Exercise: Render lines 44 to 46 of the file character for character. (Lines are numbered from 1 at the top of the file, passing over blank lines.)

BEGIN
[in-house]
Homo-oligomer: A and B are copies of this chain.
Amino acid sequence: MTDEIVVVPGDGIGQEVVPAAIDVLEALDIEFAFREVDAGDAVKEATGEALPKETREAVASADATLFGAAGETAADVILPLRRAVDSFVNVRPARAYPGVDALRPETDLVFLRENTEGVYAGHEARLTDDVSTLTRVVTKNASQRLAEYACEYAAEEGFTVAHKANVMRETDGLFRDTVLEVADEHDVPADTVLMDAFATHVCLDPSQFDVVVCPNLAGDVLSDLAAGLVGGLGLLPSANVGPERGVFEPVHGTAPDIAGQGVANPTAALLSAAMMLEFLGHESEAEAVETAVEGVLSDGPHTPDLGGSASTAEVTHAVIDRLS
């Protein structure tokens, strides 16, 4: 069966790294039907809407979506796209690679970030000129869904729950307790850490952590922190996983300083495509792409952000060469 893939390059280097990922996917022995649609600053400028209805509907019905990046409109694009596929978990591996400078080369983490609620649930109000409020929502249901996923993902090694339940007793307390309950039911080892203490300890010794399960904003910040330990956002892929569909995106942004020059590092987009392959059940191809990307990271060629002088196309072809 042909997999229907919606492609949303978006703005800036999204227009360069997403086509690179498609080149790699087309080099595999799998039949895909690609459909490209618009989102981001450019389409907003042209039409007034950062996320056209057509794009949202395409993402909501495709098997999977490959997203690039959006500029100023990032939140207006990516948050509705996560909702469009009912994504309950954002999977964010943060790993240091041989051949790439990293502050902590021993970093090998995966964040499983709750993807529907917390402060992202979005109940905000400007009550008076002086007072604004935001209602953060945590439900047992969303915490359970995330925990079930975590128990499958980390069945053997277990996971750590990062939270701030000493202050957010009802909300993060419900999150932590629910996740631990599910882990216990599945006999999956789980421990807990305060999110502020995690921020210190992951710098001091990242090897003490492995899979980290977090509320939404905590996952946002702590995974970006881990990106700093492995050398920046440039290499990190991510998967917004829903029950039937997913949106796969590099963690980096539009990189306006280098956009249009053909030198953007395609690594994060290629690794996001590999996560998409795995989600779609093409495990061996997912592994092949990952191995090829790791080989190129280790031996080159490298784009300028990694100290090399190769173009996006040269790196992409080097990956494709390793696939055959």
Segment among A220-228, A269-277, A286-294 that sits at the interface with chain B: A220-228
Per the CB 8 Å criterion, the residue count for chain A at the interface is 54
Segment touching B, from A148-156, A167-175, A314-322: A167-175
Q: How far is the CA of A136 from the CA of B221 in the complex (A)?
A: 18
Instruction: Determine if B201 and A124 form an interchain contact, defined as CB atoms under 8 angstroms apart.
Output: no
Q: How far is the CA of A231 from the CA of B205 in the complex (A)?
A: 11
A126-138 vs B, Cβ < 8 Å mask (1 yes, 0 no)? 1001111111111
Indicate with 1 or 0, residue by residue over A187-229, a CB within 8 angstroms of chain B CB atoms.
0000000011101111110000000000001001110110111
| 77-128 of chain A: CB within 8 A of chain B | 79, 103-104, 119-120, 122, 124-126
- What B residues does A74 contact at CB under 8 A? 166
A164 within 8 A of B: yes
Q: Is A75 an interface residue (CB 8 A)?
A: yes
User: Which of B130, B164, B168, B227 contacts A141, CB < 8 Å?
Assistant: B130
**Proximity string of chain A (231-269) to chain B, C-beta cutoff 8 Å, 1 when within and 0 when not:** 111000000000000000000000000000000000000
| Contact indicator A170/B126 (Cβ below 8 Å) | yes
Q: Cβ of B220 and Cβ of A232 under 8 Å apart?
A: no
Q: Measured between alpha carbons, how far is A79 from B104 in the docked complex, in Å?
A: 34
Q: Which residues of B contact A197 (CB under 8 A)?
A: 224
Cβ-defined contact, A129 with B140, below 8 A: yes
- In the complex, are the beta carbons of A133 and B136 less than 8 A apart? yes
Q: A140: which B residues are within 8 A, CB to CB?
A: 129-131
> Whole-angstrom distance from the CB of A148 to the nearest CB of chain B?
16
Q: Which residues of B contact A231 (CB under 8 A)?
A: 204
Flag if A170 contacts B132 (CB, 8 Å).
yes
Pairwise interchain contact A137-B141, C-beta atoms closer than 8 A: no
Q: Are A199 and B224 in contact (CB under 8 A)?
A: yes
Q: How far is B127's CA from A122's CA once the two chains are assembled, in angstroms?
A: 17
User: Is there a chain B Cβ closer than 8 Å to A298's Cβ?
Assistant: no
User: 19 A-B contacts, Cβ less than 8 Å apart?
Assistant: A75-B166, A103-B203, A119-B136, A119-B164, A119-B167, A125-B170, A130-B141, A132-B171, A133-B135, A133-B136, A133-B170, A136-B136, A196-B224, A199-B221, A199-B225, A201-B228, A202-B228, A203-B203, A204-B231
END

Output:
A: yes
Q: How far is B127's CA from A122's CA once the two chains are assembled, in angstroms?
A: 17